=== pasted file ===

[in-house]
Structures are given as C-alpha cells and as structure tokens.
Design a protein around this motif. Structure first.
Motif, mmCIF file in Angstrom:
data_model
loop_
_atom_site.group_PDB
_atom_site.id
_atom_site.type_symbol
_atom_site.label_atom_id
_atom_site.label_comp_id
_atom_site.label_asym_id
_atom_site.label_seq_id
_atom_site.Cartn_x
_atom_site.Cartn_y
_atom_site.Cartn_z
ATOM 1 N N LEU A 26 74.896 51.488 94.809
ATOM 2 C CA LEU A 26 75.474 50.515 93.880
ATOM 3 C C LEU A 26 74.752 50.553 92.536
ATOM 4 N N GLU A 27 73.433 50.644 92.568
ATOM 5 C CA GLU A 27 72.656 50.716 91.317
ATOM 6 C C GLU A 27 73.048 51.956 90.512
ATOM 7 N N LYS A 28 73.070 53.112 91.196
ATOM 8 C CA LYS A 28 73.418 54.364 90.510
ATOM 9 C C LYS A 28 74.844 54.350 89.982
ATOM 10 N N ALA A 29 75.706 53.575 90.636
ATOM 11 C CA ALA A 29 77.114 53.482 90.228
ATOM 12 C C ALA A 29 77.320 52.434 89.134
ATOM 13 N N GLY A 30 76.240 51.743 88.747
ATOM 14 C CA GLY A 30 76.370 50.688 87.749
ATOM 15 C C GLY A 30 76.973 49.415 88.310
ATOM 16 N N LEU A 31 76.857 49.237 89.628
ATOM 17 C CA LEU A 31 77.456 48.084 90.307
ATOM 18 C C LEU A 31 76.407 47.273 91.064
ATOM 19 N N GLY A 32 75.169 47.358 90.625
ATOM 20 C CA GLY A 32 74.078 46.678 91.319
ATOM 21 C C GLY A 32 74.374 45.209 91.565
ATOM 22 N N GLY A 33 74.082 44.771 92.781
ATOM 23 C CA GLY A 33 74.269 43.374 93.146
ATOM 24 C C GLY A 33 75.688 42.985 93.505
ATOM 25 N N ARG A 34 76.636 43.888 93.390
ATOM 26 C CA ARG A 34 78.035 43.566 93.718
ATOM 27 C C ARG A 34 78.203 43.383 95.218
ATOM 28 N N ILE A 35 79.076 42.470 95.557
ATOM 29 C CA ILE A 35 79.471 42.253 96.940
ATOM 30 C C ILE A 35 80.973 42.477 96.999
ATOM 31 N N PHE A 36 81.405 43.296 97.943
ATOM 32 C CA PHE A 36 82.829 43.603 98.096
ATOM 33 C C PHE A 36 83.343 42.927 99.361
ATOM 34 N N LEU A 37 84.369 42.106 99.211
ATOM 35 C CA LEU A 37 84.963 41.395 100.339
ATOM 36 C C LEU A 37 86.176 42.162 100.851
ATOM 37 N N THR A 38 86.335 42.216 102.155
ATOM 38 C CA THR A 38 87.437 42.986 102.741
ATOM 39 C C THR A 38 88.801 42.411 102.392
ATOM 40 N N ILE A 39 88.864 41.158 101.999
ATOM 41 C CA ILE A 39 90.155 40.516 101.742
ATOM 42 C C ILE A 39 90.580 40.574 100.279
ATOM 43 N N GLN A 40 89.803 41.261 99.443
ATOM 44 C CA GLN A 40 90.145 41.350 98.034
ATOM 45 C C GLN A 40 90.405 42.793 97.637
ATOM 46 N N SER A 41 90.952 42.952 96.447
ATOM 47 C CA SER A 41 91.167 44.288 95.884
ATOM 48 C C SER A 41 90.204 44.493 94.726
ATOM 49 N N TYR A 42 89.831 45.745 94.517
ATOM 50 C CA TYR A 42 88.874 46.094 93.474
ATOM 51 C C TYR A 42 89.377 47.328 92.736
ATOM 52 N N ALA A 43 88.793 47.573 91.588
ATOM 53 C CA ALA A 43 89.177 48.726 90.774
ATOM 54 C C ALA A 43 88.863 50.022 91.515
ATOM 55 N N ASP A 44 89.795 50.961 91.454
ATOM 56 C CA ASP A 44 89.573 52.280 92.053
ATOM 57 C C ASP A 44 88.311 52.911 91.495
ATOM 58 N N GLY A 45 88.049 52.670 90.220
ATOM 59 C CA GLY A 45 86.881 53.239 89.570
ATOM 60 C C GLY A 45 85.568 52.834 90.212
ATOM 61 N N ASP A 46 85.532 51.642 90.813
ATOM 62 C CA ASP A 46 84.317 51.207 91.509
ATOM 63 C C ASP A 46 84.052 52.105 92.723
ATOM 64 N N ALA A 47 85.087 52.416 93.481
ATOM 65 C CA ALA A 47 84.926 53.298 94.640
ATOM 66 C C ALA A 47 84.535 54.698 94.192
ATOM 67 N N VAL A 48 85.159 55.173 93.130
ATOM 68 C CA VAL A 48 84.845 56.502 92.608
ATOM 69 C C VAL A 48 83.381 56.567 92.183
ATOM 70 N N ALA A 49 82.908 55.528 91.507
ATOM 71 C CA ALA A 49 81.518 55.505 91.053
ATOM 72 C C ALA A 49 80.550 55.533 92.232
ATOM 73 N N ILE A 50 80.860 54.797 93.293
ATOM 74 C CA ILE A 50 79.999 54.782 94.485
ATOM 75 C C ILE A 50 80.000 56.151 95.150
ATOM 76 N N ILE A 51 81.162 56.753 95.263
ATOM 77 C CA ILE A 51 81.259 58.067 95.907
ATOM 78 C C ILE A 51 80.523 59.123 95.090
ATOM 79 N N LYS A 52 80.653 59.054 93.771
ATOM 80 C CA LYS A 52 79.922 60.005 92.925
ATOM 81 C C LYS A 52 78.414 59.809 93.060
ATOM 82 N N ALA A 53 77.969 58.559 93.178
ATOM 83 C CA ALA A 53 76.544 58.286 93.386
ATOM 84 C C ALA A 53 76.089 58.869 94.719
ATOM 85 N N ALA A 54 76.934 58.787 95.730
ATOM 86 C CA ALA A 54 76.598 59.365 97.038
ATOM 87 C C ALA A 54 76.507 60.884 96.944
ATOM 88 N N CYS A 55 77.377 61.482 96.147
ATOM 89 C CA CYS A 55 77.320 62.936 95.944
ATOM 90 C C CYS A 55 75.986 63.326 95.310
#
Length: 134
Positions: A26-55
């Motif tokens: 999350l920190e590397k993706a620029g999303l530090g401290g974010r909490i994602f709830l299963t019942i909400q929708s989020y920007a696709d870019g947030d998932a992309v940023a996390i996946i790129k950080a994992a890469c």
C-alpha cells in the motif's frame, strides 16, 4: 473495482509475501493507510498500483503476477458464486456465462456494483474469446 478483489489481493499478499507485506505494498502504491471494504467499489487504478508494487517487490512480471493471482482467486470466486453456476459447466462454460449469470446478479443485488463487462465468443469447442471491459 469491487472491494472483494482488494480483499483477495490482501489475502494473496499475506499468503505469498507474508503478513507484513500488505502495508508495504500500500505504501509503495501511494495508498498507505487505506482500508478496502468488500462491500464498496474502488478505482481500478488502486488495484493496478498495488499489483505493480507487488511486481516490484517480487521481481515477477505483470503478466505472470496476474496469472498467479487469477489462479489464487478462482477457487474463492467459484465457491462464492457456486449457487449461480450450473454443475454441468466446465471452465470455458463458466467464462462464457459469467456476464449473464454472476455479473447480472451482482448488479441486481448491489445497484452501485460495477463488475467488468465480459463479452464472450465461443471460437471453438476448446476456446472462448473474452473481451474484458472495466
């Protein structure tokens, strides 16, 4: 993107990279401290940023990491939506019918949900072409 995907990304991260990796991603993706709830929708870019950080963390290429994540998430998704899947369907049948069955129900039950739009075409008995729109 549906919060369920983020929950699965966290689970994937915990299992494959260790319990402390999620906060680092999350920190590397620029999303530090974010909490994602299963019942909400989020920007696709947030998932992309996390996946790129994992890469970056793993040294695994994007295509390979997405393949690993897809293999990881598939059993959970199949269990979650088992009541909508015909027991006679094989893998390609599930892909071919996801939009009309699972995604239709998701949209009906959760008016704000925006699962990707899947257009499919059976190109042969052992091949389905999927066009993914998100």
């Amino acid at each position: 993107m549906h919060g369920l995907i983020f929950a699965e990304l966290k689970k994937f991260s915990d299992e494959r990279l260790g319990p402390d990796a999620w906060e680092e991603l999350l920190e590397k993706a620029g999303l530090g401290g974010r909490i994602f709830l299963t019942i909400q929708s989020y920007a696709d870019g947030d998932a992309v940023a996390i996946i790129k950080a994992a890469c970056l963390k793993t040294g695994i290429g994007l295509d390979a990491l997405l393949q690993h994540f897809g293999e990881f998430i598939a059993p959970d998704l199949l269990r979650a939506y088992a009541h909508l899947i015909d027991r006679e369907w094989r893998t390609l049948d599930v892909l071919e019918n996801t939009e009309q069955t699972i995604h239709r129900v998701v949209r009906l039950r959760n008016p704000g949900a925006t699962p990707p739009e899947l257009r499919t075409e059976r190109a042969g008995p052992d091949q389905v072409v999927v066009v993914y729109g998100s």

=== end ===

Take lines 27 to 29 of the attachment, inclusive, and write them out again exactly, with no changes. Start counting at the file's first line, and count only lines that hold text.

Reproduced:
ATOM 11 C CA ALA A 29 77.114 53.482 90.228
ATOM 12 C C ALA A 29 77.320 52.434 89.134
ATOM 13 N N GLY A 30 76.240 51.743 88.747